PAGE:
SINCE THE OLD KINGDOM OF SIAM, elephants have been an enduring symbol of Thai culture, religion, and royal power. They’ve been used by kings in warfare, exchanged as ransom, served in finding the location for and in the construction of temples, and aided in the logging industry to haul timber and clear forests.

At the start of the 20th century, there were over 100,000 domesticated elephants in Thailand.

In 1989, the Thai government imposed a countrywide logging ban. This was good news for all the remaining wild elephants, dwelling in the small patches of untouched forest, but even though the ban was well-intentioned, it had a detrimental side effect on the domesticated elephant population. They were no longer of use to their owners, who now had to find a way to pay for their care and upkeep.

Nowadays, the situation is critical, with only an estimated 3,000-4,000 elephants left in Thailand, most of them domesticated. In 1986, the International Union for Conservation of Nature and Natural Resources (IUCN) added them to the growing list of endangered species in Asia.

With their natural habitat slowly but surely giving way to industrialization and farming, reintroducing elephants into the wild seemed like an impossible task. Fortunately, the boom of the tourism industry has given a new opportunity to mahouts (elephant owners/caretakers). But as often occurs, when animals and commercialization meet, the risk of abuse and exploitation become real, as elephants had to be brutally trained to learn new ‘tricks’ for tourists.

Today, a viable alternative to commercialized and touristy elephant camps is “responsible elephant tourism,” which can help ensure the presence of Thailand’s elephants in our future…but only if these sites maintain the highest level of care, hygiene, and environmental surroundings.

Here are a few tips to help you choose your camps and sanctuaries responsibly:

  • Camps that allow riding an elephant should be avoided. However, if you really want to experience it, make sure that only a single person rides on the neck of the elephant, as opposed to multiple adults riding on a heavy trekking chair on the back of the elephant.
  • Another thing to look out for is the use of bullhooks. Handles with sharp metal hooks are used to stab sensitive areas such as the mouth or ears to cause pain and train elephants to behave.
  • Elephants need stimulation, enrichment, and plenty of food. The best place to visit them is in their natural environment, or as close to it as possible. Seek out a sanctuary that offers elephants space to roam freely, bathe, and take shelter from the heat.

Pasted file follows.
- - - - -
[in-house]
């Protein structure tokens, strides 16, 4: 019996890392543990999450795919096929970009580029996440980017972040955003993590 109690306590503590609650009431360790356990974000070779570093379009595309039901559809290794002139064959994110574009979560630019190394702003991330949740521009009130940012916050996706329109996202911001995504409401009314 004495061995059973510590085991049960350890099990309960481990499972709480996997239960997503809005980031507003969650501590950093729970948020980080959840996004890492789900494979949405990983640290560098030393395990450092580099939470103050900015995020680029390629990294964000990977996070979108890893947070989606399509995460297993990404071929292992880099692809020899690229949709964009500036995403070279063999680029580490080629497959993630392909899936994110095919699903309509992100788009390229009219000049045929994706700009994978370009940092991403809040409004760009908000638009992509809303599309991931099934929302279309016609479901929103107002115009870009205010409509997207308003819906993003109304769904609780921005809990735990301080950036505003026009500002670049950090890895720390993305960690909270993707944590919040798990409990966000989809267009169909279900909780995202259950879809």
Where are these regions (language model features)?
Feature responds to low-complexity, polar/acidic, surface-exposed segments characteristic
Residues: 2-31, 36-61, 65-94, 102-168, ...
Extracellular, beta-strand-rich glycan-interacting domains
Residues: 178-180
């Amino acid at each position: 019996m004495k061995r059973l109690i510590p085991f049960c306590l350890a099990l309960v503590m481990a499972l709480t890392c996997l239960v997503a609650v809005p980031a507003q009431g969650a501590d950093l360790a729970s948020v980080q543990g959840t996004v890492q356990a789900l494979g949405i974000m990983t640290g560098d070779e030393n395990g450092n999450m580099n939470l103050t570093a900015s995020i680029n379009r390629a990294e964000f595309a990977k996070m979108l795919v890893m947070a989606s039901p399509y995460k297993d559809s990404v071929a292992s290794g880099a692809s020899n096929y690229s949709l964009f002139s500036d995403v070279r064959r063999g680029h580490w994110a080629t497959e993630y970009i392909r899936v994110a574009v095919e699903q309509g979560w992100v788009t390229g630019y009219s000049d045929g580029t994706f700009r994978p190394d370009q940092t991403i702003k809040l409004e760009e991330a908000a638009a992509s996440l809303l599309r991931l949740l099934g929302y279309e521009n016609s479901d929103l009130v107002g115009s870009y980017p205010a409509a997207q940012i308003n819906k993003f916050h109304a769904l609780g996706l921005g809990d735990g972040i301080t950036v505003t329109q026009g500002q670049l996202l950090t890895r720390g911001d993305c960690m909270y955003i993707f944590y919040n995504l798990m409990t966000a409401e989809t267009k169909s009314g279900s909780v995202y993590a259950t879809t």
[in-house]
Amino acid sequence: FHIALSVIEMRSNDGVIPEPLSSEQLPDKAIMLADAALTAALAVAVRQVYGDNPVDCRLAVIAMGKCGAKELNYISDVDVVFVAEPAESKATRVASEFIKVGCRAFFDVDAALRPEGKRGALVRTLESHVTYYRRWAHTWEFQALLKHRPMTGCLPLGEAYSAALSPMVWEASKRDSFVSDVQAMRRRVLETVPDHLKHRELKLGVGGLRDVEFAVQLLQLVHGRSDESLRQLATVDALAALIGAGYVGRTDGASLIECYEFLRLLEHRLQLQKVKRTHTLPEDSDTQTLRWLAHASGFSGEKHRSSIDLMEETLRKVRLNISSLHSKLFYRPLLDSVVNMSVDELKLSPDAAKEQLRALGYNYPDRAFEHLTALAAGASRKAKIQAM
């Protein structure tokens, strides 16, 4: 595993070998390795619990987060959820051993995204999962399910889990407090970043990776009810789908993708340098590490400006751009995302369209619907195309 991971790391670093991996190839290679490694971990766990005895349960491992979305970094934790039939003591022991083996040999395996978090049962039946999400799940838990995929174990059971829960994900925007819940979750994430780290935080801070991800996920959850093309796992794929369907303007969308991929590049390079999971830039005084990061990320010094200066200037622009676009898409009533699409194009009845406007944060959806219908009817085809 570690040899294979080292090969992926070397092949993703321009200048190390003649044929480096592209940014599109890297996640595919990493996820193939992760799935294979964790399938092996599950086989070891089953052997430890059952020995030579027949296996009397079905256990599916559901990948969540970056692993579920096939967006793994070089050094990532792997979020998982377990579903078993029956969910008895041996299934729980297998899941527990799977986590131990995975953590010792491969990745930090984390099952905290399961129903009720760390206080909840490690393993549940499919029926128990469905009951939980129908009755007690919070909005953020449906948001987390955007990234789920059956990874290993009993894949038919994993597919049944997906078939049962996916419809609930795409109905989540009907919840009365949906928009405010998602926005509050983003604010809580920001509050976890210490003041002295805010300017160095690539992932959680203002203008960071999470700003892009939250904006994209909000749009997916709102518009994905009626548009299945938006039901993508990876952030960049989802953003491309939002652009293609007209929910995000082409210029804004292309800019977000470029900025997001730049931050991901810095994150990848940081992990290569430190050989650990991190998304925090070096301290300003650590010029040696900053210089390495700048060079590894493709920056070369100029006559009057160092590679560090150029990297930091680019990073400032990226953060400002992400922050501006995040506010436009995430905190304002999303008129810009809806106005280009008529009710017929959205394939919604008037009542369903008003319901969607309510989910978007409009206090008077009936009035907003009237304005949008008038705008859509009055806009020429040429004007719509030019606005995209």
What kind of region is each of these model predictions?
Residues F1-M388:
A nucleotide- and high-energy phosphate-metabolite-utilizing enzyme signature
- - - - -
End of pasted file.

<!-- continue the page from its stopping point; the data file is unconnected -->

• Look for camps with “low-impact” activities such as bathing or feeding elephants, and avoid anything that includes a show with unnatural spectacles such as painting, playing football, or carrying tourists through the jungle.

There are many camps in Thailand that call themselves “sanctuaries” while still demonstrating questionable welfare standards. Here are a few that offer truly responsible tourism and volunteering opportunities to those interested in working hands-on with the animals:

Elephant Nature Park

Established in the 1990s, ENP is Sangduen “Lek” Chailert’s labor of love. It aims to provide a sanctuary and rescue center for elephants who are free to roam in a beautiful natural setting, along with other rescued animals such as cats and dogs. Lek has been named a “Hero of Asia” by Time Magazine for her dedication to elephants. ENP also works to preserve and restore the rainforest, as well as educating visitors about local endangered species.

BEES Elephant Sanctuary

Burm and Emily’s Elephant Sanctuary (BEES) provides a place for old and retired elephants to call home. Just like ENP, elephants roam free in a vast preserved area, and the founders focus on educating tourists, as well as offering English courses to the local community. They also grow their own crops to be more sustainable and environmentally friendly.

Wildlife Friends Foundation Thailand

WFFT offers volunteering opportunities to those interested in working hands-on with elephants. Their main objectives are rescuing wild animals and promoting conservation. They offer basic bungalows as accommodation for volunteers. The sanctuary houses not only elephants but also gibbons, macaques, bears, and a tiger.

The Surin Project

While most sanctuaries are located in the north of Thailand around Chiang Mai, the Surin Project is a new initiative committed to improving the living conditions of elephants in northeastern Thailand, and providing sustainable economic revenue for their mahouts in the local community. Their volunteering program allows tourists to learn about elephant welfare and help with daily chores. A word of warning, though: The Surin Project is not an elephant sanctuary and is located within a government run facility that does not have the same welfare standards as the sites listed above.

Just remember: The needs of the elephants, not the tourists, must come first.

This post is proudly produced in partnership with Tourism Authority of Thailand and STA Travel, working together to tell stories of the peoples, places, and cultures that make Thailand special.
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